Despite the Left’s character assassination in 2012, the consensus is that Mitt Romney is a genuinely good person and excellent businessman. We can debate whether he is a conservative or a moderate. We can uniformly criticize, however, his campaign’s execution and the consultant class that made tens of millions utterly failing.
With his announcement that he may run again in 2016, the import of these items increases substantially. But it also becomes worthwhile to look at the basic history of politicians who won their party’s presidential nomination, lost the election, and then won the nomination again. The news isn’t good for Romney.
Now, lots of men have run for the presidency several times, but either failed to earn their parties’ nominations (Pat Buchanan in 1992 and 1996); secured the nomination on their final run, but lost the general election never to run again (Bob Dole in 1980, 1988, and 1996 and John McCain in 2000 and 2008); or won the nomination and the presidency after previous attempts in which they failed to earn the nomination (Ronald Reagan in 1968, 1976, and 1980). But none of these situations are quite the same as losing a presidential election and then giving it another go.
Since the 1900 election, America has had 29 presidential elections. Over those 112 years, excluding sitting presidents, five men earned their party’s nomination at least two times. William Jennings Bryan ran as the Democratic nominee in 1896, 1900, and 1908; Eugene Debs ran as the Socialist nominee in 1904, 1908, 1912, and 1920; Eugene Chafin was the Prohibition nominee in 1908 and 1912; and Thomas Dewey ran as the Republican nominee in 1944 and 1948. Those four men lost all eleven of their races — in seven of which they ran as retreads.
The fifth man was the only one to become president. After a narrow loss in 1960 to John Kennedy, Richard Nixon came back as the Republican nominee in 1968 to win the presidency. That means just once in eight tries did a retread nominee win. Obviously, those are not good historical odds.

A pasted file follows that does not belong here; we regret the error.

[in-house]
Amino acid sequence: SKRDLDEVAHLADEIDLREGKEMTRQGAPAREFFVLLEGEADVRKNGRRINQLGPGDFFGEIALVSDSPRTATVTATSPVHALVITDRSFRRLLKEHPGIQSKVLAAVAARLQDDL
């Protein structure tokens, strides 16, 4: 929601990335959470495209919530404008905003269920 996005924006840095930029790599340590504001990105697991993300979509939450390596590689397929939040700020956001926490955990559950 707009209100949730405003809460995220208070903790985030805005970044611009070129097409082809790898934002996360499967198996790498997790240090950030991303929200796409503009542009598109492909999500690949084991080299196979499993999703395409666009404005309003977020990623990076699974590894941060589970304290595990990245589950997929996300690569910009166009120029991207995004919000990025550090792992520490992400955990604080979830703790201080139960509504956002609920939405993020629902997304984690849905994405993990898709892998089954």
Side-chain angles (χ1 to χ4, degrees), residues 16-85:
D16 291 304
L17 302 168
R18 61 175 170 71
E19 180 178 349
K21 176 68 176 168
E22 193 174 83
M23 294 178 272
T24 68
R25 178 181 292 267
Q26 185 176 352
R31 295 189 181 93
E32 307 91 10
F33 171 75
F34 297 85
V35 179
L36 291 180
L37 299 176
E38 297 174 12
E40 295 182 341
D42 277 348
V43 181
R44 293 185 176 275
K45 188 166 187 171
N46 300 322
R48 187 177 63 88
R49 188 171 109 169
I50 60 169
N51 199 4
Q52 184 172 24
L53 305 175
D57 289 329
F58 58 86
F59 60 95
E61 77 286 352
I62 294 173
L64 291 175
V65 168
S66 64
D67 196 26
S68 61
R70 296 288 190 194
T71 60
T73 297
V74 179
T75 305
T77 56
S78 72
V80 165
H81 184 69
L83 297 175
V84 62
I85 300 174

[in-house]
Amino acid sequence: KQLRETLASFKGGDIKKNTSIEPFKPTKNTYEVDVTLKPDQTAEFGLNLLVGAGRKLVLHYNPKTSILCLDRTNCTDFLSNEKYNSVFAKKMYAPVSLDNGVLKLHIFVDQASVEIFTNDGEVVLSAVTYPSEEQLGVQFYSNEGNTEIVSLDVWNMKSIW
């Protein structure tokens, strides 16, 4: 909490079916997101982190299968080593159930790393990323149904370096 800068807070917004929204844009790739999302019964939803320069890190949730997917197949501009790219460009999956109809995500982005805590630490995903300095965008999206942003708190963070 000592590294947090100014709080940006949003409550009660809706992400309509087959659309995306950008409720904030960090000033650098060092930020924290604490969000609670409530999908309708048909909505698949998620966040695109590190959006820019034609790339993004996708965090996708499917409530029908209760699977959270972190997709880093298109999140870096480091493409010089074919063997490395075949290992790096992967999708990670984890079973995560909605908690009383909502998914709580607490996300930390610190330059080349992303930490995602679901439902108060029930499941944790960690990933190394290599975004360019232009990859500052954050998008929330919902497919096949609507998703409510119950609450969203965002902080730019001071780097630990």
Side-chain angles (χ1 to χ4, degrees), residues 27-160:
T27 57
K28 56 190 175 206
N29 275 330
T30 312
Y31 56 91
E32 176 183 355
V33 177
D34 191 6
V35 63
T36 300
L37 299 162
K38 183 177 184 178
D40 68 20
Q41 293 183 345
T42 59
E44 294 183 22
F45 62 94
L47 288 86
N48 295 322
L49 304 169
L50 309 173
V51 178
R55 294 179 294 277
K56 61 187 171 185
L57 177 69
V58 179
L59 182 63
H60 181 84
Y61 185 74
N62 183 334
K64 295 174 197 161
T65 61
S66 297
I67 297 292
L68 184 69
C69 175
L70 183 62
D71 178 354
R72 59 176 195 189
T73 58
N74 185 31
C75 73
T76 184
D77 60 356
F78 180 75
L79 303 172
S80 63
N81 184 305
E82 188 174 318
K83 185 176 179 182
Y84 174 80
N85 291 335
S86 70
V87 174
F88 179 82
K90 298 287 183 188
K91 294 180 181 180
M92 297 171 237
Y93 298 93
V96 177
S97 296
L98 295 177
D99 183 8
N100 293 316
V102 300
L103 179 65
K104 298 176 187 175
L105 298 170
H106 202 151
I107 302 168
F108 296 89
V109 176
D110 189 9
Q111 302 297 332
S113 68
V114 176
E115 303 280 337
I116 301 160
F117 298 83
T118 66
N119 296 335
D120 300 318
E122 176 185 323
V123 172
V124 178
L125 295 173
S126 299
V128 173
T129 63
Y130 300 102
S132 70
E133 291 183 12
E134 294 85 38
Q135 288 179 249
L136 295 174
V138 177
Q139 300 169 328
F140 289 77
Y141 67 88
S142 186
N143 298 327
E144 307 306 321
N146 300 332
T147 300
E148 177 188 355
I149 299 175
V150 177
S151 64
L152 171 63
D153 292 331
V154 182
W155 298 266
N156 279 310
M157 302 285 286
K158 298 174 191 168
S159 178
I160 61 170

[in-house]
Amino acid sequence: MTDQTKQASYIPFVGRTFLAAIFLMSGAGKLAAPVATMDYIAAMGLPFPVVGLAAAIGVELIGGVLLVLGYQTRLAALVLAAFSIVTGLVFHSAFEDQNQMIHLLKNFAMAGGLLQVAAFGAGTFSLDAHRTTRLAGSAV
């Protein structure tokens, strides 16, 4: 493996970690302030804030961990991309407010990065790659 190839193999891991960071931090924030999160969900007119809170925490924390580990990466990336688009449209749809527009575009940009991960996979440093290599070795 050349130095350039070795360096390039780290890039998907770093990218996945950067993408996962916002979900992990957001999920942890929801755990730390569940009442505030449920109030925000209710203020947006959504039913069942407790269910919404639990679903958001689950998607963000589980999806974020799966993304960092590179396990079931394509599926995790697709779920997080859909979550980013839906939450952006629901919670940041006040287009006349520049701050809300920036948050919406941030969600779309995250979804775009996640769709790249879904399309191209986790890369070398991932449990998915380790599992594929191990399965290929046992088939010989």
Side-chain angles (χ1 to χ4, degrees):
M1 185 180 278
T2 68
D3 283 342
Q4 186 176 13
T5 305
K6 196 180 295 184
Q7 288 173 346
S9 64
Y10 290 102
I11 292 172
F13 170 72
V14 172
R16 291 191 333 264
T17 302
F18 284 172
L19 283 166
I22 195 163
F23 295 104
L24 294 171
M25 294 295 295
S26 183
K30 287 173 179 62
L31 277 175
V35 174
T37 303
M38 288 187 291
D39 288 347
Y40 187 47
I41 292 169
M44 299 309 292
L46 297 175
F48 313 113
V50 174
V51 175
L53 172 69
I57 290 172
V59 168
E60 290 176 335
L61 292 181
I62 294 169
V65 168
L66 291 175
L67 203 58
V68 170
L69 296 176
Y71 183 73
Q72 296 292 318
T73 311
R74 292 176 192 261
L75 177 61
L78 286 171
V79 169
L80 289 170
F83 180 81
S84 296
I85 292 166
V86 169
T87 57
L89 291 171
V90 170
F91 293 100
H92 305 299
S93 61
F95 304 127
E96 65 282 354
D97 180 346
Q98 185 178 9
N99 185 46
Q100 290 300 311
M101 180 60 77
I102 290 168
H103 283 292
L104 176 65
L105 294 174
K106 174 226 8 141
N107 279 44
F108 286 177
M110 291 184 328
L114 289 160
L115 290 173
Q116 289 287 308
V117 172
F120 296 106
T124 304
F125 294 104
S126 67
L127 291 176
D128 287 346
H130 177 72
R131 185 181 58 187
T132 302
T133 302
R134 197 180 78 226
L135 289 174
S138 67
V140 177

A third Romney run would fall into one of three categories: He’d humiliatingly lose the nomination; he’d win the nomination and lose the general election, joining the four pre-1950 two-time losers; or he’d win the nomination and the presidency, thereby joining Nixon as only the second person to accomplish such a feat in 116 years.
Keep in mind that when Nixon did it, he had been a U.S. representative and senator from the largest state and a two-term vice president under Dwight Eisenhower, and he’d lost a razor-thin (0.1 points in the popular vote) and disputed (Illinois and Texas) election to Kennedy. He won the 1968 primary after Nelson Rockefeller entered the race late, George Romney dropped out after his infamous “brainwashing” comment, and Reagan ran a half-hearted campaign. (Reagan still managed to garner more primary voters than Nixon, but stood little chance in the delegate count.)
Romney will face a crowded field of well-tested and eager opponents such as Jeb Bush, Scott Walker, and Mike Huckabee. Plus, Romney failed to secure the Republican base in 2012. For example, as I noted in a series of blog posts called “What Happened in Ohio,” Huckabee won more votes in 40 of the 88 counties in the uncontested Ohio primary in 2008 than Romney did in the contested Ohio primary in 2012, despite the fact that turnout is far lower in uncontested primaries. Those conservative voters failed to show up in November, which is why McCain’s Ohio vote total surpassed Romney’s vote total.
The reason history isn’t kind to two-time nominees is that the fundamental flaws that resulted in them losing the first time don’t disappear in their second run. While supporters can gin up excuses as to why Romney lost, the core reason is that he just isn’t that good of a politician. He doesn’t connect with Main Street in an authentic way and his political antenna, unlike his business acumen, is weak. Often overlooked is that, in his single election victory in 2002, he didn’t even secure 50 percent of the vote for Massachusetts governor. His decision not to seek reelection in 2006 speaks volumes about his ability to win tough elections.
Unlike Nixon, who won five out of seven elections, Romney won just once in four tries: In addition to his two failed attempts to become president, he lost a 1994 Senate race to Ted Kennedy. That is not the record of someone likely to buck 112 years of history. After eight years of Barack Obama, the Right has an enormous opportunity to win the presidency, thereby securing control of Congress and the White House.
We need a proven winner, not a retread.
— Matt A. Mayer is the president of Opportunity Ohio.